Nigerian Maritime Workers Union Threatens Showdown Over Treatment By Foreign Shipping Companies
January 27: The Maritime Workers Union of Nigeria (MWUN) has said that it would declare a state of emergency on foreign shipping companies operating at the nation’s seaports over poor working conditions and a show of contempt towards its members.
MWUN President-General, Comrade Adewale Adeyanju, who stated this in a media chat last week while reviewing the activities of the union in the last year, accused shipping line agencies operating in Nigeria of engaging the services of foreigners and depriving workers of their promotions and entitlements.
Adeyanju, who wondered why workers would be stagnated for years without promotion, said he had directed that letters be sent to the shipping companies over the union’s resolve for a showdown with the firms.
He said, “There are lot of crisis in the shipping branch of MWUN from their employers. How can somebody be on one grade for years and they will not review it. I will be meeting with the union shipping branch leader on Monday [January 27] and we will declare state of emergency on the shipping companies because the National Joint Industrial Council (NJIC) they have does not tally with the present situation of the Nigerian economy.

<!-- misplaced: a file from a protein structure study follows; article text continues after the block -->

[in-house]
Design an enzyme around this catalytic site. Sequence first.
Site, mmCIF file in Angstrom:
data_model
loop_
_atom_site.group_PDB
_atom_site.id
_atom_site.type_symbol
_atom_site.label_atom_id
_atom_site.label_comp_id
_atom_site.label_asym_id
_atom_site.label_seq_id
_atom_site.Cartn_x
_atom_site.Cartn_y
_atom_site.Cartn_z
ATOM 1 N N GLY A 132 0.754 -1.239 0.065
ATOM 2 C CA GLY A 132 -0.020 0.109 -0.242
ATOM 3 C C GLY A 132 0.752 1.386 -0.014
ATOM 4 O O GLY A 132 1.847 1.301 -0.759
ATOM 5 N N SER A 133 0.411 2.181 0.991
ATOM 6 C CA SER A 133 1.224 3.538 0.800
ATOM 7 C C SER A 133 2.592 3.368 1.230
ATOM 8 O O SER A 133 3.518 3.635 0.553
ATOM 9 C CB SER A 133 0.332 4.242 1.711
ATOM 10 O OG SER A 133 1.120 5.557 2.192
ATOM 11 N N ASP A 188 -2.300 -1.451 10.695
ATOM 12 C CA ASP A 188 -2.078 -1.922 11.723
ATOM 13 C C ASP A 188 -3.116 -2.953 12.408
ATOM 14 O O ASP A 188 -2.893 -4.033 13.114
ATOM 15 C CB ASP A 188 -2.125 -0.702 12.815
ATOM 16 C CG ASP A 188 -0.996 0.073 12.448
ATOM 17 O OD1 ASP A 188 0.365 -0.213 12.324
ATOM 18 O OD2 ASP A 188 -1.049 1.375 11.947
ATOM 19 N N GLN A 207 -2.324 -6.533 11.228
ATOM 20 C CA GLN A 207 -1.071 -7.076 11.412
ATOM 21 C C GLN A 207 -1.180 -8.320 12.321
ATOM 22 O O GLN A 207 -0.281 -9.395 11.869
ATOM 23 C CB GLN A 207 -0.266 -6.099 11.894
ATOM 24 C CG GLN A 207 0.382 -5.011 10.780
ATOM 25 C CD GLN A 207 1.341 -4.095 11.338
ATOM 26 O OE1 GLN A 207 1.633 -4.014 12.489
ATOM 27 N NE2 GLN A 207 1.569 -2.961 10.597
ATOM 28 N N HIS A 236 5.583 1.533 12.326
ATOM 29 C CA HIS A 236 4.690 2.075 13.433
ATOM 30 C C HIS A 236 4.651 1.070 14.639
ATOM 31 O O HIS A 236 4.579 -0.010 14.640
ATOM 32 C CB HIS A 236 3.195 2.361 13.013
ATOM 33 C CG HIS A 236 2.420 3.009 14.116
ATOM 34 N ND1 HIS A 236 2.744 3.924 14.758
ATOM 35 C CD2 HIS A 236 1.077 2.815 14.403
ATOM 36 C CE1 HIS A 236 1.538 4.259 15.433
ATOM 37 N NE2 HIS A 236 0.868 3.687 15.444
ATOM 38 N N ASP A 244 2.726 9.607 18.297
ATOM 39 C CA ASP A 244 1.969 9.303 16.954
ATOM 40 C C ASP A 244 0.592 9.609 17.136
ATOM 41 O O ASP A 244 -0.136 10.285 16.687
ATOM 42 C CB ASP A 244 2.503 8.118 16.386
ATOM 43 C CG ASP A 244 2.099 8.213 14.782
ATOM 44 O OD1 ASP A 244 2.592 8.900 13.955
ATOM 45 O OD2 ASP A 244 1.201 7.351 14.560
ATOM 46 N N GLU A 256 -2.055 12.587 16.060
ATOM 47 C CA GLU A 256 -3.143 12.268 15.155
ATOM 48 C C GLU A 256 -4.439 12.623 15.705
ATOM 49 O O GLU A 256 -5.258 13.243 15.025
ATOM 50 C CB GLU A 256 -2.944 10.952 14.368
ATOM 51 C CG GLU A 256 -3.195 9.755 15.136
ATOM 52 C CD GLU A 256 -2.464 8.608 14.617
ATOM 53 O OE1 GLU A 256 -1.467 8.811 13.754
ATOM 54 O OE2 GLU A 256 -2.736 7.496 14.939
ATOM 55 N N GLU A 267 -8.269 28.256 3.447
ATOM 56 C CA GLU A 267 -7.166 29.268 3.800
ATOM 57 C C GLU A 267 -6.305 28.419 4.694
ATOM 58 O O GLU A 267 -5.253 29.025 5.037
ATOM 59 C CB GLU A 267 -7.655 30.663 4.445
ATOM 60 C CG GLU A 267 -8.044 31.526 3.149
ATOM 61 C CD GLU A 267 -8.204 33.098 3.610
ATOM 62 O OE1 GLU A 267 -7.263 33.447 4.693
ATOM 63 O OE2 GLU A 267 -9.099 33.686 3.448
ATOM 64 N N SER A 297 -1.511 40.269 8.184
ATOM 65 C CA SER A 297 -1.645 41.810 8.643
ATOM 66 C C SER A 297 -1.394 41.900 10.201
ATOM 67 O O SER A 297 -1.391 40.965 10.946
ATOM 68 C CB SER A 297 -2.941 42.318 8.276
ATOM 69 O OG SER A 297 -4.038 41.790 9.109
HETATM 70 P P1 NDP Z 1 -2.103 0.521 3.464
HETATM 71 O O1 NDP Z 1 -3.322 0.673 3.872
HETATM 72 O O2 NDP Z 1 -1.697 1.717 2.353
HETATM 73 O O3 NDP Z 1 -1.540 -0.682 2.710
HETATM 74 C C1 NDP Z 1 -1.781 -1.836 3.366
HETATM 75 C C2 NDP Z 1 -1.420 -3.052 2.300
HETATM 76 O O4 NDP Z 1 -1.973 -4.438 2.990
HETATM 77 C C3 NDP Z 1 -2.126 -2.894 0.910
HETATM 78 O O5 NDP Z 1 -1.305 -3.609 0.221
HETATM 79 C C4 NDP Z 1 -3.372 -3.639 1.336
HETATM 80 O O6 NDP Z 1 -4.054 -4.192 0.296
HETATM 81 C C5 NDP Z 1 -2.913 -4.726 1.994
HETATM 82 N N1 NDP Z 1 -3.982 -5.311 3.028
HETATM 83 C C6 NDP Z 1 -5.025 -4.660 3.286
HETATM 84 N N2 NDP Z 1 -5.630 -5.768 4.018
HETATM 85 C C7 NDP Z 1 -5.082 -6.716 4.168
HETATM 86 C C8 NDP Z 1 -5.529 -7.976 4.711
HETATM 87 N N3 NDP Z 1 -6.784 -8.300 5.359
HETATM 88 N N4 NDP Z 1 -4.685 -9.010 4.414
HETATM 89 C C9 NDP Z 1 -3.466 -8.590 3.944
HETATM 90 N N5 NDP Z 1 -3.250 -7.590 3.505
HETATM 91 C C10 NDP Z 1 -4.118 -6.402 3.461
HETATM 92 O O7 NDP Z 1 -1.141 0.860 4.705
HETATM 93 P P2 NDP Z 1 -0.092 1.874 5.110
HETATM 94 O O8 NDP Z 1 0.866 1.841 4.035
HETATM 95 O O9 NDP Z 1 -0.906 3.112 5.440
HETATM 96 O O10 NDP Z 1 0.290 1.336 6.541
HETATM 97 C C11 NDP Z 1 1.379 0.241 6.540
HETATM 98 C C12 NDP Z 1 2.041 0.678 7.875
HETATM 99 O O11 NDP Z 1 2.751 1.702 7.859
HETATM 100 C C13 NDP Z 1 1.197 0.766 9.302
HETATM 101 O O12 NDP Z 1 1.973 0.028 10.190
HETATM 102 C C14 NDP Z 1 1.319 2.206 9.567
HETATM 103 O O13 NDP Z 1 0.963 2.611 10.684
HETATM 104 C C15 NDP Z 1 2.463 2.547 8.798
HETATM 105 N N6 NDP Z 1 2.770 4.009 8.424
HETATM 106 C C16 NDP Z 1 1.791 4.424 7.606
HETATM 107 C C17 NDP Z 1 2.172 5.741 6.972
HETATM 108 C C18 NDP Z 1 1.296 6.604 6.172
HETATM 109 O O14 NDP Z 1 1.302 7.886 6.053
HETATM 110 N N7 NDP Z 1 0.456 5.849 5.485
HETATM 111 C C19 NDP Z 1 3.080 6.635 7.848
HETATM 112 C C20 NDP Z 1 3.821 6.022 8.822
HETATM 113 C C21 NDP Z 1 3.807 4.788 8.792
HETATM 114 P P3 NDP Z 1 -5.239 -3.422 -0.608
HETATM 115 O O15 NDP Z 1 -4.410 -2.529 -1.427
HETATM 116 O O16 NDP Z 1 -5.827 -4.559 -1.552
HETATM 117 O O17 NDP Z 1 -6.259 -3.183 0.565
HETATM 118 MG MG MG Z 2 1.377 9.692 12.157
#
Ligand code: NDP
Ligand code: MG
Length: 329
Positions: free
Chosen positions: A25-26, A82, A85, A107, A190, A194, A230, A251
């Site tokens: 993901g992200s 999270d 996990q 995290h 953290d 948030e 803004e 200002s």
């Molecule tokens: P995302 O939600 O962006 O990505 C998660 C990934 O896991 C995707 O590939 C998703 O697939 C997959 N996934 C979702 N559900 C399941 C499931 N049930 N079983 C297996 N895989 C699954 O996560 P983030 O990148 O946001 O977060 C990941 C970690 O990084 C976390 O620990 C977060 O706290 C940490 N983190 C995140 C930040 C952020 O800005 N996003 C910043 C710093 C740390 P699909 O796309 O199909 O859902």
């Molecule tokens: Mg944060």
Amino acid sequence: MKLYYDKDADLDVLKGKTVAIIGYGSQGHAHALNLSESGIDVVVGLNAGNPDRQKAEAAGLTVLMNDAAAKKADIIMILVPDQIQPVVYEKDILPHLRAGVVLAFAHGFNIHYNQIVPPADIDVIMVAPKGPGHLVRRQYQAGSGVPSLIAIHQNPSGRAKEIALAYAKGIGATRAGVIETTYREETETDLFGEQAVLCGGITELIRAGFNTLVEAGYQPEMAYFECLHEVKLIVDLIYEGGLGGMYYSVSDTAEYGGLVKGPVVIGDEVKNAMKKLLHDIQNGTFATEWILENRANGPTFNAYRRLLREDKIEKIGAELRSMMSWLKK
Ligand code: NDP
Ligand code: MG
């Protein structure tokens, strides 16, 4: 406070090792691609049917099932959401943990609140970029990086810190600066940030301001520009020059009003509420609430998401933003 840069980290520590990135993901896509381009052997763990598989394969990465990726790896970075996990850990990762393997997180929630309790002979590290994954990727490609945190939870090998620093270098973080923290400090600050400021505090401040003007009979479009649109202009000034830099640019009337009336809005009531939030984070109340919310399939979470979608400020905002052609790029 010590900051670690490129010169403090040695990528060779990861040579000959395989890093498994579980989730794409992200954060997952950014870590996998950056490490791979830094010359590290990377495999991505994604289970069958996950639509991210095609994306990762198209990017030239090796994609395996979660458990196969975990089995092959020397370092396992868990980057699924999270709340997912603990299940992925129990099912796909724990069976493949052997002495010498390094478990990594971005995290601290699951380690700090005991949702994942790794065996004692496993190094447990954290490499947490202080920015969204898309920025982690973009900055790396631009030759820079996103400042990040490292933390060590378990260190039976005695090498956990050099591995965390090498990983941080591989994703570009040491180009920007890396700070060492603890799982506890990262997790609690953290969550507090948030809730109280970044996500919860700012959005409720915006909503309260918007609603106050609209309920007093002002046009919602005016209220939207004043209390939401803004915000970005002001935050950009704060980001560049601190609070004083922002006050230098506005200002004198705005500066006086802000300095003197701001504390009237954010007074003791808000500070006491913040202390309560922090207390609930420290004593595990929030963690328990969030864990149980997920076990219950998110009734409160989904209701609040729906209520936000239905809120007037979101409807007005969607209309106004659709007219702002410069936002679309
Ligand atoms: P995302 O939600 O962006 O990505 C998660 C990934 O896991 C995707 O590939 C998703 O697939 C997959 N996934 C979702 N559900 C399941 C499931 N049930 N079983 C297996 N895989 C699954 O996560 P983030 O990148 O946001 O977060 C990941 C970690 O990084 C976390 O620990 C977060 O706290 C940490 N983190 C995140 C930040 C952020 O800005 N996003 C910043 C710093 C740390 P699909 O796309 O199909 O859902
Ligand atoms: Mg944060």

“They are also culpable of outsourcing jobs. They just bring people from nowhere to do the job that we can do. This year, we are going to face the shipping companies because some of them don’t have respect for Nigerian workers and I have directed that letters be sent to all the shipping companies.”
Adeyanju also accused the shipping companies of fuelling the traffic gridlock on the port access roads as most of them do not have holding bays for their empty containers.
“Look at what is happening on the port access roads. Many people will be apportioning blames on terminal operators, but the shipping companies also need to be blamed. Why are they bringing empty containers to the port when they know they don’t have anywhere to stack them? Why do they turn Nigerian roads to holding bays? People just centre on terminal operators but that is not true, they should blame the shipping companies that are bringing empty containers to the ports. They have turned the roads to their holding bays,” he said.
Giving insight into the union’s activities for year 2020, Adeyanju said MWUN has written to the management of the Nigerian Maritime Administration of Safety Agency (NIMASA) on the need to provide temporary biometric identity card for dockworkers.
“NIMASA should reconvene a meeting of all stakeholders including the union, terminal operators and the stevedoring contractors because in the past, when you disengage a number of people, you need to retrieve the identity card that belongs to them but I think some disengaged onboard security men and tally clerks are still using it while the record of NIMASA is saying that the people are still dockworkers. So the identity card these dockworkers are parading about is fake as far as the union is concern.
“This is a new year; we have sent another letter to NIMASA reminding them the need to have temporary identity cards for dockworkers in the port to identify the good and the bad. We need to identify our members from road transport agberos. If you are for road transport, you cannot call yourself a dockworker but that is what is going on inside the port. This year, we are not going to accept that,” he said.